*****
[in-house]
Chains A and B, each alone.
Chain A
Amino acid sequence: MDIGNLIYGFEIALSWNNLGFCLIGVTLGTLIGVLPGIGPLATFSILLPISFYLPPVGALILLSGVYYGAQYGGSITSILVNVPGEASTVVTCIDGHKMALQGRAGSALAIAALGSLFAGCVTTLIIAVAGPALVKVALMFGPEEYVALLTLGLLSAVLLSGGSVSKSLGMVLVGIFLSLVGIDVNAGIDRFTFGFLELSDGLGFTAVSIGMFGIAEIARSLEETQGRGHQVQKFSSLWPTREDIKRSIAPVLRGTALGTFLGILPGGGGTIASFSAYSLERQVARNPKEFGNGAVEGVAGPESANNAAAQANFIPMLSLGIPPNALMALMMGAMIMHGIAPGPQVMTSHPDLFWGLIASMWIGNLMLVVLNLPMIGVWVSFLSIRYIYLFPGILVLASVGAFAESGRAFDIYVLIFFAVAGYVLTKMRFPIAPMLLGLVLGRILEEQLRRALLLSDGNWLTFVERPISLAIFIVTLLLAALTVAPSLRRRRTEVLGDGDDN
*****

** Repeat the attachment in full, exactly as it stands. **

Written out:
[in-house]
Chains A and B, each alone.
Chain A
Amino acid sequence: MDIGNLIYGFEIALSWNNLGFCLIGVTLGTLIGVLPGIGPLATFSILLPISFYLPPVGALILLSGVYYGAQYGGSITSILVNVPGEASTVVTCIDGHKMALQGRAGSALAIAALGSLFAGCVTTLIIAVAGPALVKVALMFGPEEYVALLTLGLLSAVLLSGGSVSKSLGMVLVGIFLSLVGIDVNAGIDRFTFGFLELSDGLGFTAVSIGMFGIAEIARSLEETQGRGHQVQKFSSLWPTREDIKRSIAPVLRGTALGTFLGILPGGGGTIASFSAYSLERQVARNPKEFGNGAVEGVAGPESANNAAAQANFIPMLSLGIPPNALMALMMGAMIMHGIAPGPQVMTSHPDLFWGLIASMWIGNLMLVVLNLPMIGVWVSFLSIRYIYLFPGILVLASVGAFAESGRAFDIYVLIFFAVAGYVLTKMRFPIAPMLLGLVLGRILEEQLRRALLLSDGNWLTFVERPISLAIFIVTLLLAALTVAPSLRRRRTEVLGDGDDN